1. The ‘curve’ or histogram is divided into 3 regions:
pre-reproductive (ages < puberty)
reproductive (ages from puberty to menopause)
2. The shape tells us about population growth:
If the curve is wider (a larger fraction) in the
young ages then more will be becoming
reproductive than ceasing reproduction - more
babies means a growing population.
If the curve is straight along the edges, a
similar number is beginning and stopping
reproduction; population size will remain
constant, called zero population growth.
3. When there’s a ‘hump’ in the curve (go back and
look at the curve for the U.S.), it indicates a
transient increase in the number of babies - a
“baby boom”. These data clearly show the postWWII boomers.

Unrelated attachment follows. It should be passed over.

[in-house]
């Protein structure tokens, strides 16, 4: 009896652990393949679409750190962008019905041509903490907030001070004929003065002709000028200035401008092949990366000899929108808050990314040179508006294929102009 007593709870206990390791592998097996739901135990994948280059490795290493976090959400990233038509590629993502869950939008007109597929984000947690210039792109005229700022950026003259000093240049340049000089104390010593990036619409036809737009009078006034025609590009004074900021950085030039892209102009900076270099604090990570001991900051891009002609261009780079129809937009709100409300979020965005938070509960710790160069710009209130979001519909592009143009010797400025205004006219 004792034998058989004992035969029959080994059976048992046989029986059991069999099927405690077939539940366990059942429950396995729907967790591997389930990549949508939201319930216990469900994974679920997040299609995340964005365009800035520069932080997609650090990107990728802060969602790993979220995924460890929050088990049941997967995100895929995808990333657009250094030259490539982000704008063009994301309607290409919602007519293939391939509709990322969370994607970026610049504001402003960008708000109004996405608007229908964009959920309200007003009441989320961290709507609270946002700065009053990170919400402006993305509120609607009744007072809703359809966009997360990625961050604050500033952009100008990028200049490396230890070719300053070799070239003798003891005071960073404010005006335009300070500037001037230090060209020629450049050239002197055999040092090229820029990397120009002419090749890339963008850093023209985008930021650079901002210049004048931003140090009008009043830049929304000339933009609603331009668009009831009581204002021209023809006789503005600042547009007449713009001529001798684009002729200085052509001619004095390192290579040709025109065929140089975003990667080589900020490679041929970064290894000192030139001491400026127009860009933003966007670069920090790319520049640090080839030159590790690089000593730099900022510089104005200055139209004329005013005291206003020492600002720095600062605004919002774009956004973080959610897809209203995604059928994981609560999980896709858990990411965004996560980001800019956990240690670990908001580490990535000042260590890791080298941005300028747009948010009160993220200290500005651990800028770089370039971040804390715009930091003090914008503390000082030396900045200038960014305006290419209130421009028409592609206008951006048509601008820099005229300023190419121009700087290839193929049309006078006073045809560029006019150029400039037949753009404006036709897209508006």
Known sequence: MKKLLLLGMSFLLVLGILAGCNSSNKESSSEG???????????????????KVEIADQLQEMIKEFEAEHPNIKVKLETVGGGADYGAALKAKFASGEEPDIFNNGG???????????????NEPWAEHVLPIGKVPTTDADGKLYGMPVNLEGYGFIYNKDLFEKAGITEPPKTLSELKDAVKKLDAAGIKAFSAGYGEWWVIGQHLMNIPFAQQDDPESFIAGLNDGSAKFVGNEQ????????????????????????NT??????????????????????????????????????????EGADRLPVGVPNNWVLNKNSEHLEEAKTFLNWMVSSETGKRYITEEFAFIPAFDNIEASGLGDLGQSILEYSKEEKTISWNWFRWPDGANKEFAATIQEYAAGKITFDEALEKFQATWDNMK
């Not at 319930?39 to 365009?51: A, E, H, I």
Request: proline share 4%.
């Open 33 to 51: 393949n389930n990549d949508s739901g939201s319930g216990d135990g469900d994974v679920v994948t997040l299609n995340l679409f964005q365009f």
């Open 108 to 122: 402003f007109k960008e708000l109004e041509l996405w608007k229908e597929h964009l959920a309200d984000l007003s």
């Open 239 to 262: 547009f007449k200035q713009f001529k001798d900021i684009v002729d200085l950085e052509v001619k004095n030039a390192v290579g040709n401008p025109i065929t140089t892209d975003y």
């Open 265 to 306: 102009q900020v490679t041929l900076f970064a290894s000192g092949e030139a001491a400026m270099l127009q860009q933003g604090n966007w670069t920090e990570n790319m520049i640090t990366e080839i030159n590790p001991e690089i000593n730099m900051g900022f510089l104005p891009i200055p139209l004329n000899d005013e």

Now the quantitative approach: structure and use of a
life table.
In a life table we follow a cohort (a group of organisms
born at the same time), recording how many are alive
at each time interval, and how many young each female
has during the interval.
The numbers in the life table are:
a) age structure - the age classes
b) survivorship - how many from the cohort
(what fraction?) are still alive at age x?
c) age specific natality - how many young are
born to females of each age?
Here’s what a life table looks like:
Age #alive lx
1000 1
125 .125
62 .0625
From it many things can be calculated:
1) population growth rate (r) - combines survivorship
and natality (births) into an instantaneous growth
rate. It is analogous to the interest rate on your bank
account (if the bank compounded instantaneously).